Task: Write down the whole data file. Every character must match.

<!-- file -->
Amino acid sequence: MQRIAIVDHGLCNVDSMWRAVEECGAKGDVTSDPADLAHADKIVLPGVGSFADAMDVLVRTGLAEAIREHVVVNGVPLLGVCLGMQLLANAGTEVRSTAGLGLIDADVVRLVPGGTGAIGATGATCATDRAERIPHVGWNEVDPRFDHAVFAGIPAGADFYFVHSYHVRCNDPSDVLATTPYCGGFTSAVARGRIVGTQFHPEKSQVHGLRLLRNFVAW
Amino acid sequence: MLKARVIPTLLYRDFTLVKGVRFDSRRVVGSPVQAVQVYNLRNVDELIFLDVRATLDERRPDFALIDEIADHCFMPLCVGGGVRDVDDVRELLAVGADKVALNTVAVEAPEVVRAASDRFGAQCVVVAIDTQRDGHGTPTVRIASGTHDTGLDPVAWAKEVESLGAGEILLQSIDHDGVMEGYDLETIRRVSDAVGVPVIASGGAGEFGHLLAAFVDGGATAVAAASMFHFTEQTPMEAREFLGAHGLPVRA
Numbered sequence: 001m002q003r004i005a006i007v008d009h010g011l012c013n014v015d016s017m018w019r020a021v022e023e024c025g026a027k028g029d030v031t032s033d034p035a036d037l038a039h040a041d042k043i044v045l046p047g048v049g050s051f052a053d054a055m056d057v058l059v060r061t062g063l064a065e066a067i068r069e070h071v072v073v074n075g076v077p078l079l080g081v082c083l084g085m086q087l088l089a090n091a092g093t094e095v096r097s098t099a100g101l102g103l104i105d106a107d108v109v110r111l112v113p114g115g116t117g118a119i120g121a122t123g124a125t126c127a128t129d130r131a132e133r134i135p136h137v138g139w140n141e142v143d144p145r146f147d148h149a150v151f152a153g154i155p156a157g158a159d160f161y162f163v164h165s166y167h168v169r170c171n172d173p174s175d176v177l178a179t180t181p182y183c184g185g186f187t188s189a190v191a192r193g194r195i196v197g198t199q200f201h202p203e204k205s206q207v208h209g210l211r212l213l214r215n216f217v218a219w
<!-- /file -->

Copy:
Amino acid sequence: MQRIAIVDHGLCNVDSMWRAVEECGAKGDVTSDPADLAHADKIVLPGVGSFADAMDVLVRTGLAEAIREHVVVNGVPLLGVCLGMQLLANAGTEVRSTAGLGLIDADVVRLVPGGTGAIGATGATCATDRAERIPHVGWNEVDPRFDHAVFAGIPAGADFYFVHSYHVRCNDPSDVLATTPYCGGFTSAVARGRIVGTQFHPEKSQVHGLRLLRNFVAW
Amino acid sequence: MLKARVIPTLLYRDFTLVKGVRFDSRRVVGSPVQAVQVYNLRNVDELIFLDVRATLDERRPDFALIDEIADHCFMPLCVGGGVRDVDDVRELLAVGADKVALNTVAVEAPEVVRAASDRFGAQCVVVAIDTQRDGHGTPTVRIASGTHDTGLDPVAWAKEVESLGAGEILLQSIDHDGVMEGYDLETIRRVSDAVGVPVIASGGAGEFGHLLAAFVDGGATAVAAASMFHFTEQTPMEAREFLGAHGLPVRA
Numbered sequence: 001m002q003r004i005a006i007v008d009h010g011l012c013n014v015d016s017m018w019r020a021v022e023e024c025g026a027k028g029d030v031t032s033d034p035a036d037l038a039h040a041d042k043i044v045l046p047g048v049g050s051f052a053d054a055m056d057v058l059v060r061t062g063l064a065e066a067i068r069e070h071v072v073v074n075g076v077p078l079l080g081v082c083l084g085m086q087l088l089a090n091a092g093t094e095v096r097s098t099a100g101l102g103l104i105d106a107d108v109v110r111l112v113p114g115g116t117g118a119i120g121a122t123g124a125t126c127a128t129d130r131a132e133r134i135p136h137v138g139w140n141e142v143d144p145r146f147d148h149a150v151f152a153g154i155p156a157g158a159d160f161y162f163v164h165s166y167h168v169r170c171n172d173p174s175d176v177l178a179t180t181p182y183c184g185g186f187t188s189a190v191a192r193g194r195i196v197g198t199q200f201h202p203e204k205s206q207v208h209g210l211r212l213l214r215n216f217v218a219w